Looking in the mirror can tell you a lot about where your training has taken you. Looking at your cardio fitness with a simple formula can reveal what you’ll never know by enlarging your selfie for critical evaluation. And this involves the most important muscle in your body: your cardiac muscle – – ’cause when it gives you problems, everything else is secondary!
A good portion of your workout efforts must be devoted to cardiovascular fitness. Aside from heart problems still being the number one killer, cardio gives us the boost in lung functioning that we need, as aging, itself, brings a diminished aerobic capacity.
Let’s Quantify It!
First, you need to know how to take your pulse. (Unless you want to buy a smart watch to do it for you). The easiest pulse to detect is on the side of your neck, between your adam’s apple (thyroid cartilage) and your large neck muscle. Lightly placing your fingers there will allow you to feel the pulse that’s going to give you the information you need.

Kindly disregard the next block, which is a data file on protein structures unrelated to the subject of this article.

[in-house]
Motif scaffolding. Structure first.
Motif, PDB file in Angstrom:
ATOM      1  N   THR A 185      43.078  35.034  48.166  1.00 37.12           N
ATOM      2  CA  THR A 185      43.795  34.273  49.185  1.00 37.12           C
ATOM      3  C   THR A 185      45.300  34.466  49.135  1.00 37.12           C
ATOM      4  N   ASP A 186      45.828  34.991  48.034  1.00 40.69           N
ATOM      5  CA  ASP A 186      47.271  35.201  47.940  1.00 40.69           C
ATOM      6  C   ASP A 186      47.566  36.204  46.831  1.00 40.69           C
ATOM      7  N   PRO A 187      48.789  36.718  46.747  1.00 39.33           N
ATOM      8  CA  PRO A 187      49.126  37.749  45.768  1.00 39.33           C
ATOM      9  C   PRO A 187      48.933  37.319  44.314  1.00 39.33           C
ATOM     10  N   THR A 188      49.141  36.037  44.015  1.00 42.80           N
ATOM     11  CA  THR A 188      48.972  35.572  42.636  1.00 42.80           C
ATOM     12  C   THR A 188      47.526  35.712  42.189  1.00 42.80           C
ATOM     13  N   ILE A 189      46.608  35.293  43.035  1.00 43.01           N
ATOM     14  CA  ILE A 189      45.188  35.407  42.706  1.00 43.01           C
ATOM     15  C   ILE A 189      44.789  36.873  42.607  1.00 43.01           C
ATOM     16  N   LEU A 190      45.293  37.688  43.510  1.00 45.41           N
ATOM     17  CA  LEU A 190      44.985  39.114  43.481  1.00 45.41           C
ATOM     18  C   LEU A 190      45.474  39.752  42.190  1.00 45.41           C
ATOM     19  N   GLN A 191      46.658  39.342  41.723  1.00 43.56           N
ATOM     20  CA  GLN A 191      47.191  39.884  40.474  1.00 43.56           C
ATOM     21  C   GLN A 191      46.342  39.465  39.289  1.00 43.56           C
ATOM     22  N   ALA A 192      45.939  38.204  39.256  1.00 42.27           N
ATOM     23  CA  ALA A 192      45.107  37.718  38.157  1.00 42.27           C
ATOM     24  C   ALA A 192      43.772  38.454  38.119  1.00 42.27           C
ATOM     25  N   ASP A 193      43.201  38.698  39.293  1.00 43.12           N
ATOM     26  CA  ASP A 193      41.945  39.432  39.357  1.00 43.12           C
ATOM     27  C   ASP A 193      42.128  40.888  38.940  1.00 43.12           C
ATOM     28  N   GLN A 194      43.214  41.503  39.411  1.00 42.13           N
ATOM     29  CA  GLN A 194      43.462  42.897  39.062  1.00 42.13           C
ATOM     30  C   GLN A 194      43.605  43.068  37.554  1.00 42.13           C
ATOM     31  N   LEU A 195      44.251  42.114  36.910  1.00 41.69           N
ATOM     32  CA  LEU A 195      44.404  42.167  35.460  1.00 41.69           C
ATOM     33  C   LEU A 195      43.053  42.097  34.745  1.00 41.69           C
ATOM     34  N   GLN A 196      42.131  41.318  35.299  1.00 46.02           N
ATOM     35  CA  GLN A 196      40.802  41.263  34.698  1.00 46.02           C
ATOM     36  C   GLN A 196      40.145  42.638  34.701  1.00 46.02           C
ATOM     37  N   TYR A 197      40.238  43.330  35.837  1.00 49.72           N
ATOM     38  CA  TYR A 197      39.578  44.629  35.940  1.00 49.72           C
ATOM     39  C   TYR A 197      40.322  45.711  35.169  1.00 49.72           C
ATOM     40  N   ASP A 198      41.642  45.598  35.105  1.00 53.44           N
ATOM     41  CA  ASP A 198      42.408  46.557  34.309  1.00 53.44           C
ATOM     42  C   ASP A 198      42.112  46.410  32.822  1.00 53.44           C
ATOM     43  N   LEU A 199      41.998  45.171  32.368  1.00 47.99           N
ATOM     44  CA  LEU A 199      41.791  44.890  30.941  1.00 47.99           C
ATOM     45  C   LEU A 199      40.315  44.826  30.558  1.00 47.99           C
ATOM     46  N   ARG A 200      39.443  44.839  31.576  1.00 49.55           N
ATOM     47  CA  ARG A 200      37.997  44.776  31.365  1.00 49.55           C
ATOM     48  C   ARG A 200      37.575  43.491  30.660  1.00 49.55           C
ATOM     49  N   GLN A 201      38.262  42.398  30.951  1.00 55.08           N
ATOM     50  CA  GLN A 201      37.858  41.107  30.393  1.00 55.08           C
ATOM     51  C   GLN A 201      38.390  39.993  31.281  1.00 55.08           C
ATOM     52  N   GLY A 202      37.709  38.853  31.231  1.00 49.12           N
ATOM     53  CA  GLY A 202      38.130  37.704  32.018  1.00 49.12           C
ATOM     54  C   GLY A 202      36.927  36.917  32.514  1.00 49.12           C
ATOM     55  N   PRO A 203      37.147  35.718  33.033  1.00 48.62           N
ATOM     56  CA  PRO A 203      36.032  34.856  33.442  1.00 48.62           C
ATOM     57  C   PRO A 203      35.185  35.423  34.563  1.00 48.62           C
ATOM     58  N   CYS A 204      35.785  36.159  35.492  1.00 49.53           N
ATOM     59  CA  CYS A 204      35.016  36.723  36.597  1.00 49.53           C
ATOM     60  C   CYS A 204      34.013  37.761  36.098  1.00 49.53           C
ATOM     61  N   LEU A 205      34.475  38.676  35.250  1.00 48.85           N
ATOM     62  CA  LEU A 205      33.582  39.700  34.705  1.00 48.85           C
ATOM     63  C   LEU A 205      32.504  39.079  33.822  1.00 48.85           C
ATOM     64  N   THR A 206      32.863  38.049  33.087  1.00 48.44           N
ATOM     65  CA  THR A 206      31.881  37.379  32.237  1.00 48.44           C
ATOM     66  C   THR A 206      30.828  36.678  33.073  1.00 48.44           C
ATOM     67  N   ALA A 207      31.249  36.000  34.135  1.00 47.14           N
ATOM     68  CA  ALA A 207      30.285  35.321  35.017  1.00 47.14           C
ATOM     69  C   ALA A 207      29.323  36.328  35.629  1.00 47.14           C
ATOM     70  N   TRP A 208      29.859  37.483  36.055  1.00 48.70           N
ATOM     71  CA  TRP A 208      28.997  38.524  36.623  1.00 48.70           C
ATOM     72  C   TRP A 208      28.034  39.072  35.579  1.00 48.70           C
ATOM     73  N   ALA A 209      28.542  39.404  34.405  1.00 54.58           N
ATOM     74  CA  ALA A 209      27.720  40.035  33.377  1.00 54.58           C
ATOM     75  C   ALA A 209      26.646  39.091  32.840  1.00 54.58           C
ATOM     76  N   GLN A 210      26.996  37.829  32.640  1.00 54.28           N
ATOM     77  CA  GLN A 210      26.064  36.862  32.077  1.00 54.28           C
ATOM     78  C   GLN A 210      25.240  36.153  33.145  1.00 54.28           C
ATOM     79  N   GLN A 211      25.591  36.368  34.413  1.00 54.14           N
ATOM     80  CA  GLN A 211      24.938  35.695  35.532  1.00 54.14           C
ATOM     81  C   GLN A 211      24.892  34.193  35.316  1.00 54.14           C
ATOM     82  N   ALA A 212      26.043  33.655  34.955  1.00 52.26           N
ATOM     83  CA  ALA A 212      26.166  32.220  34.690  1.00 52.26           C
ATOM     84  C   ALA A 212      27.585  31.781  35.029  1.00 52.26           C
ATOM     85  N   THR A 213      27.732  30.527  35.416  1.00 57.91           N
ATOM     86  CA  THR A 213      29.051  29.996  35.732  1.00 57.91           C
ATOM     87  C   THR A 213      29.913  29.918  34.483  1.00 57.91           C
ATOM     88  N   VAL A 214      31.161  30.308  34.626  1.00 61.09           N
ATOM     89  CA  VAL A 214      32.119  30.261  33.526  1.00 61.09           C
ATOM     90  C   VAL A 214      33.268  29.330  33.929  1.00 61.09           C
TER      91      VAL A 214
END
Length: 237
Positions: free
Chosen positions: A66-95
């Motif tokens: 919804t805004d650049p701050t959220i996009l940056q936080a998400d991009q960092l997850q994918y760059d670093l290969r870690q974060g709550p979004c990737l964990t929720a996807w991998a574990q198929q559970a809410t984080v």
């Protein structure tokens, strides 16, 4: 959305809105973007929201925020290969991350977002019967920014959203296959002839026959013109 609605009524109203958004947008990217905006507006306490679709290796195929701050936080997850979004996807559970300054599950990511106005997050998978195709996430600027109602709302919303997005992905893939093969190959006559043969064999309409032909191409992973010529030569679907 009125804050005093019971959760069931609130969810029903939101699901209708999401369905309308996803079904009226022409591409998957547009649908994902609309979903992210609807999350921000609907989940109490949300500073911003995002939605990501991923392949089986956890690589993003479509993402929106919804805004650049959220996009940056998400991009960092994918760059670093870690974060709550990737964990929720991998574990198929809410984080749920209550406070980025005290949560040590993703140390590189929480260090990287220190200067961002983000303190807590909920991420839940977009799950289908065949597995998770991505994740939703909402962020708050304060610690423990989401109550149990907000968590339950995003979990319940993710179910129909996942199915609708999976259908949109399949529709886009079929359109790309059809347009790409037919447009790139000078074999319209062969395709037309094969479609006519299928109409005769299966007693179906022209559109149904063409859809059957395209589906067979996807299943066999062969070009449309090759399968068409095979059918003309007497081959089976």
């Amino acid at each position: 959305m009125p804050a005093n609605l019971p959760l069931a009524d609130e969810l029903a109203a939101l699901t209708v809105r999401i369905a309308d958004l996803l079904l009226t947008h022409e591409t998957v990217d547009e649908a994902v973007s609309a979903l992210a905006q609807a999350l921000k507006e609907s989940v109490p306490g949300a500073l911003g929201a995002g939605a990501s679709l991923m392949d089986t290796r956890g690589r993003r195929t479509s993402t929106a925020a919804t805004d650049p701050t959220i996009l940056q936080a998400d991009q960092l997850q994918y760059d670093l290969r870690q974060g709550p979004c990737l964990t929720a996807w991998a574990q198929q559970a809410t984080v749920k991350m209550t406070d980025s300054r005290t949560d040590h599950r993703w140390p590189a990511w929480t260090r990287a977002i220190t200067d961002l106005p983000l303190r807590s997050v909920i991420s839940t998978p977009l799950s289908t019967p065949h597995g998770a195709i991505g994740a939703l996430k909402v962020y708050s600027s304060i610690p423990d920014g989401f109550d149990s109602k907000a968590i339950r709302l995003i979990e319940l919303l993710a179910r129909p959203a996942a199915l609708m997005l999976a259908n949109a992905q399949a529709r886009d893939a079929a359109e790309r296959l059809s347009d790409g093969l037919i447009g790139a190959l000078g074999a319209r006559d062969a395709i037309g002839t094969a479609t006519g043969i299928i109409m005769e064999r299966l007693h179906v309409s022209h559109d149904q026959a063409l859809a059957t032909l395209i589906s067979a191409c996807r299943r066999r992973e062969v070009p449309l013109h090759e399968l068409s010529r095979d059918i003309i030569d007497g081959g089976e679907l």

Using whatever timepiece that’s conveniently nearby, count the number of heartbeats in a six second period, add a zero to that number, and you’ve calculated your beats per minute.
Do your aerobic activity as usual and take your pulse immediately upon stopping. Rest for one minute and take your pulse again.
What Do We Want To Happen?
As the heart becomes more efficient through exercise, it recuperates quicker after stress. Therefore, the fitter you become, the greater will be the difference between your heart rate while exercising, and your heart rate after resting one minute.
If your difference is 12 beats or less, you need to see your doctor. If the spread is 20 to 40 points difference, you’re in good shape. Anything above that and you’re in top cardio condition.
You’re working hard to improve your cardio performance. Use this method to check on your progress. You can do more in-depth study by researching Heart Rate Recovery.
To Your Healthy Heart,
Become a part of ‘Senior Fitness Issues And Ideas’–a Google+ Community, (even if you’re not a senior) and I will gladly answer your exercise and fitness questions personally!
The Senior Health and Fitness Blog by Steven Siemons is licensed under a Creative Commons Attribution-NonCommercial-NoDerivatives 4.0 International License.